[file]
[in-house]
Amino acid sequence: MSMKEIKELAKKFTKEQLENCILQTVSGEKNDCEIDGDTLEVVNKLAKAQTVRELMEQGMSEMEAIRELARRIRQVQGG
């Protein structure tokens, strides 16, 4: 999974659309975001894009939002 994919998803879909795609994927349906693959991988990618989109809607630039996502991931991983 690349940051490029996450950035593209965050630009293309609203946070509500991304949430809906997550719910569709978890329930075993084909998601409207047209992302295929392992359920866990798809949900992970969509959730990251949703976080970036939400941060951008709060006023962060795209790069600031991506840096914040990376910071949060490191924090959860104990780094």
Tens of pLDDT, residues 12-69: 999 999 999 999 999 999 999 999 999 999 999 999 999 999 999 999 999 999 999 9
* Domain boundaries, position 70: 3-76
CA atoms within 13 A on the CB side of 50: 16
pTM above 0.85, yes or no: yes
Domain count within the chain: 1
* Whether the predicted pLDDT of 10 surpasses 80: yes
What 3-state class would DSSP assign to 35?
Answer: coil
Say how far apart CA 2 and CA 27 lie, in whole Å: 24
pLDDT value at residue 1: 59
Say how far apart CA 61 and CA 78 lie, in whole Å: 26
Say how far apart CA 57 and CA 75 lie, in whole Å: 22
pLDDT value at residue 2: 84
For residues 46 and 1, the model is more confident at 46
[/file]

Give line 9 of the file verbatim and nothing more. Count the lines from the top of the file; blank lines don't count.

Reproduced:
* Whether the predicted pLDDT of 10 surpasses 80: yes